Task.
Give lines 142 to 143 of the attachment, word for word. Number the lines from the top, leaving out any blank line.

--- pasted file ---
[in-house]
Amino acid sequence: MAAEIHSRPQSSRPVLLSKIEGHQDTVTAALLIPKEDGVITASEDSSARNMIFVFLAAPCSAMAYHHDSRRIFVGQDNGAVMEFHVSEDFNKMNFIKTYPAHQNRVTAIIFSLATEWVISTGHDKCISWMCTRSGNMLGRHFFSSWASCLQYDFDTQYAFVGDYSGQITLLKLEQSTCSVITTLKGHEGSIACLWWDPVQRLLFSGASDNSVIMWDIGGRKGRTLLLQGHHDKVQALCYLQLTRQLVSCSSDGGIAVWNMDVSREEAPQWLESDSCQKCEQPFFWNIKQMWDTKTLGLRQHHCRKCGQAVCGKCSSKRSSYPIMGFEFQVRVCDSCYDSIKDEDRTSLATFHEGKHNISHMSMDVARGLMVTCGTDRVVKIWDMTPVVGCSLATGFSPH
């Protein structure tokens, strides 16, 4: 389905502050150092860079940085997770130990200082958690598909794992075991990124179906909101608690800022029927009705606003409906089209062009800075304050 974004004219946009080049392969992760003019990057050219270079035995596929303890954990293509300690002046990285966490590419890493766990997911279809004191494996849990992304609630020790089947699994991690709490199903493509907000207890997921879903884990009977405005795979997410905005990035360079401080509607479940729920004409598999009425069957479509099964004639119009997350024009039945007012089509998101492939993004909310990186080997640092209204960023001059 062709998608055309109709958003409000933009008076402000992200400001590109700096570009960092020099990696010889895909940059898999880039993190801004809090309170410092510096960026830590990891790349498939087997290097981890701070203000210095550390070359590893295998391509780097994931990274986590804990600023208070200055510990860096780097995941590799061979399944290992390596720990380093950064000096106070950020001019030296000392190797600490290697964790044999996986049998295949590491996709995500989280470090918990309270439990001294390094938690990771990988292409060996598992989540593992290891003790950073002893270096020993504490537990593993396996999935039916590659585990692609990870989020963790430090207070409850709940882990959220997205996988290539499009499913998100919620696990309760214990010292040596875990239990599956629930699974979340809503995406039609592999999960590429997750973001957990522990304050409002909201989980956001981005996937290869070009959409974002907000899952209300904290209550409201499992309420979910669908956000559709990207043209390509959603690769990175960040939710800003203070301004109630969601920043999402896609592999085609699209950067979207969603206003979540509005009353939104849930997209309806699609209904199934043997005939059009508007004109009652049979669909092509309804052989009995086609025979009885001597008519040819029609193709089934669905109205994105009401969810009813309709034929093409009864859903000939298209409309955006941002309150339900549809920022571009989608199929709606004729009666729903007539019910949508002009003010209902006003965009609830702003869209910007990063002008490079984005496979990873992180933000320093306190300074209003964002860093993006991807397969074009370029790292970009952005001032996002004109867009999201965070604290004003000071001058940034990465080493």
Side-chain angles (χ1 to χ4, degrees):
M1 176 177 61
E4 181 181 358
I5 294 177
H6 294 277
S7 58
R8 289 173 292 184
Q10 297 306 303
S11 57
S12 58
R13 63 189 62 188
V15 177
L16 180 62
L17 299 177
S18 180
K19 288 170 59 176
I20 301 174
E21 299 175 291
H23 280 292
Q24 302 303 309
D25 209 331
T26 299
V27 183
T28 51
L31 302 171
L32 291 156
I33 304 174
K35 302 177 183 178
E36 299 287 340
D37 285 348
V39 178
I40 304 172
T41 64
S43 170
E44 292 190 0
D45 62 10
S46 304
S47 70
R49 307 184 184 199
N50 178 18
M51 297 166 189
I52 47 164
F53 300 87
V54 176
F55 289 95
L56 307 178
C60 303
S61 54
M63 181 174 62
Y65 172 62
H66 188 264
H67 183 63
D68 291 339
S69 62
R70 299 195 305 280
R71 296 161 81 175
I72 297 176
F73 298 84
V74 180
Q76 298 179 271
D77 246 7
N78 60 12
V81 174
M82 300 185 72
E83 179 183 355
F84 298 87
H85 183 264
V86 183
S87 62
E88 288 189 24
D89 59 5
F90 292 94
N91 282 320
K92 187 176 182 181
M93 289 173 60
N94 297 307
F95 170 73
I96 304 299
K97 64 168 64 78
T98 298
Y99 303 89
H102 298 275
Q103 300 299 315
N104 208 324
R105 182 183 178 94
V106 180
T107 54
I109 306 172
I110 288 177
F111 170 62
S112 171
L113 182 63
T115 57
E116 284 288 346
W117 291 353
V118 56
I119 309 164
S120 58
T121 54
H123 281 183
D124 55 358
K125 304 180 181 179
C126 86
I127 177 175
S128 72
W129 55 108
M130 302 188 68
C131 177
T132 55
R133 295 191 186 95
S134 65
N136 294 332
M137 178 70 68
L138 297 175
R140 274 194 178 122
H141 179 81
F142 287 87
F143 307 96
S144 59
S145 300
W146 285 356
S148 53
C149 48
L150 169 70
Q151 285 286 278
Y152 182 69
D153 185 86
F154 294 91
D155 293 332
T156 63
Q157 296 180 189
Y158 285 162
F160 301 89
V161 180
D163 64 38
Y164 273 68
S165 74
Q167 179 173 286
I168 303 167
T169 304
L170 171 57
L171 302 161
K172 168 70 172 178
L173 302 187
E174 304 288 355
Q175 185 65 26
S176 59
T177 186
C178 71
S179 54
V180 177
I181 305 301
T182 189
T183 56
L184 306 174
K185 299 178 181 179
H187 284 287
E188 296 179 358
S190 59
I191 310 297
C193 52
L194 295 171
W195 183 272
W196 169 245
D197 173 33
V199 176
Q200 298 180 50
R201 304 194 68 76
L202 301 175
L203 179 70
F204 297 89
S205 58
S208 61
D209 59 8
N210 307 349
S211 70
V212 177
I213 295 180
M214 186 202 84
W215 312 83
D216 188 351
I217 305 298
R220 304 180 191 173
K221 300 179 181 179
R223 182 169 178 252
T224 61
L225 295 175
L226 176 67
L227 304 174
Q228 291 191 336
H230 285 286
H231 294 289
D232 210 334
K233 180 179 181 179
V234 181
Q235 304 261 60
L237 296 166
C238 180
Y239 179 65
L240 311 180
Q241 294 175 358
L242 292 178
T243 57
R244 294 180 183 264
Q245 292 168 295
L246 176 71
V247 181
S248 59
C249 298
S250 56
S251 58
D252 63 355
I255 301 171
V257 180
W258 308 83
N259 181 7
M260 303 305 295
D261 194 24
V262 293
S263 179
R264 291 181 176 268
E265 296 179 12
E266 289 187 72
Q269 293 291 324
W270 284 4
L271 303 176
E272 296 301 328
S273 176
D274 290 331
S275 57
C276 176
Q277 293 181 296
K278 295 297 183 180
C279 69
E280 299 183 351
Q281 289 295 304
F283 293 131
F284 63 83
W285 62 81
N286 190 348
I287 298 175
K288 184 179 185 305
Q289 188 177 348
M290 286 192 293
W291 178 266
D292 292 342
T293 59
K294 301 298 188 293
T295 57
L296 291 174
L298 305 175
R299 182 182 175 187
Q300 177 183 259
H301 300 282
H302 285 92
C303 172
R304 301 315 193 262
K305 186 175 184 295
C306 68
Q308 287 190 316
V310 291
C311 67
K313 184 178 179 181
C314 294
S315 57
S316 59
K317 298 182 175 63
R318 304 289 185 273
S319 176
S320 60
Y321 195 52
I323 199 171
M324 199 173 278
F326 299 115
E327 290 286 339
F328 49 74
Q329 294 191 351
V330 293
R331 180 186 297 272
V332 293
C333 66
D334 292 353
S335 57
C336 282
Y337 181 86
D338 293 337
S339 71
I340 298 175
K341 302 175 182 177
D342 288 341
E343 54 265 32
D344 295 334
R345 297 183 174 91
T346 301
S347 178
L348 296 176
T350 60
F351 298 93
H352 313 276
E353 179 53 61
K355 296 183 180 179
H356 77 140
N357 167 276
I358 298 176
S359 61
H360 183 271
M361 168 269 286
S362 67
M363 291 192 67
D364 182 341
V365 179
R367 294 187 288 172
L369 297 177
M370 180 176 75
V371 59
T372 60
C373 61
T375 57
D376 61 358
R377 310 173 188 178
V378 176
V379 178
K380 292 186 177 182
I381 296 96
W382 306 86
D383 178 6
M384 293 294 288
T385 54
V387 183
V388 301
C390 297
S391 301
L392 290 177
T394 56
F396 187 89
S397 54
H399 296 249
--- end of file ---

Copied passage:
I168 303 167
T169 304